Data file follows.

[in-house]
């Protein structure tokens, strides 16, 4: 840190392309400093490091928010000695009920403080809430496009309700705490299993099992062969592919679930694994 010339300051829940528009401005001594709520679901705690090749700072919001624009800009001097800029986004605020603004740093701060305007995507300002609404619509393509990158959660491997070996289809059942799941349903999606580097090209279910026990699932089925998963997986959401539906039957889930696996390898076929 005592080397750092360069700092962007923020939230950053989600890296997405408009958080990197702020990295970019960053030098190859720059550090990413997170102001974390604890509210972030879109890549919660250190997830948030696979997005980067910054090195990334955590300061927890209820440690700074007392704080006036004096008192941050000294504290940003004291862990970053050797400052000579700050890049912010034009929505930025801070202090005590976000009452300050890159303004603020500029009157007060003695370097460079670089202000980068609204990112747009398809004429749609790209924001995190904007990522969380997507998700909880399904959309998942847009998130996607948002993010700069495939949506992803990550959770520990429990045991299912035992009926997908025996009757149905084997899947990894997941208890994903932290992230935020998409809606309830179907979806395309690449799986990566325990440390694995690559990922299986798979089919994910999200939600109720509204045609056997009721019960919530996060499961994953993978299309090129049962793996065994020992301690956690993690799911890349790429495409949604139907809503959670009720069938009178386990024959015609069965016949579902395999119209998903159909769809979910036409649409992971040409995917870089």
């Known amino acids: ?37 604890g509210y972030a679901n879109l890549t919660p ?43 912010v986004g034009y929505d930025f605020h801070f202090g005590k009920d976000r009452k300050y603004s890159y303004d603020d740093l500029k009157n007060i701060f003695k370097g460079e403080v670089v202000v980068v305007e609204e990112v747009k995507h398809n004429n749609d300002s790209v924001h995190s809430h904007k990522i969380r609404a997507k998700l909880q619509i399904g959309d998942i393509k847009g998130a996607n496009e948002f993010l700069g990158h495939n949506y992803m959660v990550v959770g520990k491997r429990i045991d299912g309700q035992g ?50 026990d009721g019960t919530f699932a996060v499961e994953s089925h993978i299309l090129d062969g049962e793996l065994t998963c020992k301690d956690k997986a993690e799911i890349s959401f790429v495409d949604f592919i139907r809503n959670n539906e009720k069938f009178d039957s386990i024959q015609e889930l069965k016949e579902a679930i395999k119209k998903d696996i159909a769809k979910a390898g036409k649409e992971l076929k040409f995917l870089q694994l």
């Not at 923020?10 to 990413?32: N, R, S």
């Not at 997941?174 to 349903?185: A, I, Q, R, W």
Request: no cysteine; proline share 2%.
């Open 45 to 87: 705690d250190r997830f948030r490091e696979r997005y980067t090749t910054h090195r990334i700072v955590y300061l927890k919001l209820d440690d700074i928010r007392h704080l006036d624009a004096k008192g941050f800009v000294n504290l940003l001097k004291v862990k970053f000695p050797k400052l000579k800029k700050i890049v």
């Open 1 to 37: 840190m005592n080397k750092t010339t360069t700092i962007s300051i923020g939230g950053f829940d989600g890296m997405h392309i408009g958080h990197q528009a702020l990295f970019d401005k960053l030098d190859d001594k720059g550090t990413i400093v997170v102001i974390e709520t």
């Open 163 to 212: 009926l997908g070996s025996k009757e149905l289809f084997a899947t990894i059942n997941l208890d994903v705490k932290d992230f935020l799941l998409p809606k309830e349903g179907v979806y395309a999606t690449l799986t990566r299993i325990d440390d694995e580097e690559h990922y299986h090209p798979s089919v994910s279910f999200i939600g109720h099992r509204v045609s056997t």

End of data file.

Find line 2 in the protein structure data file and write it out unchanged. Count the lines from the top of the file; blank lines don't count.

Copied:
């Protein structure tokens, strides 16, 4: 840190392309400093490091928010000695009920403080809430496009309700705490299993099992062969592919679930694994 010339300051829940528009401005001594709520679901705690090749700072919001624009800009001097800029986004605020603004740093701060305007995507300002609404619509393509990158959660491997070996289809059942799941349903999606580097090209279910026990699932089925998963997986959401539906039957889930696996390898076929 005592080397750092360069700092962007923020939230950053989600890296997405408009958080990197702020990295970019960053030098190859720059550090990413997170102001974390604890509210972030879109890549919660250190997830948030696979997005980067910054090195990334955590300061927890209820440690700074007392704080006036004096008192941050000294504290940003004291862990970053050797400052000579700050890049912010034009929505930025801070202090005590976000009452300050890159303004603020500029009157007060003695370097460079670089202000980068609204990112747009398809004429749609790209924001995190904007990522969380997507998700909880399904959309998942847009998130996607948002993010700069495939949506992803990550959770520990429990045991299912035992009926997908025996009757149905084997899947990894997941208890994903932290992230935020998409809606309830179907979806395309690449799986990566325990440390694995690559990922299986798979089919994910999200939600109720509204045609056997009721019960919530996060499961994953993978299309090129049962793996065994020992301690956690993690799911890349790429495409949604139907809503959670009720069938009178386990024959015609069965016949579902395999119209998903159909769809979910036409649409992971040409995917870089």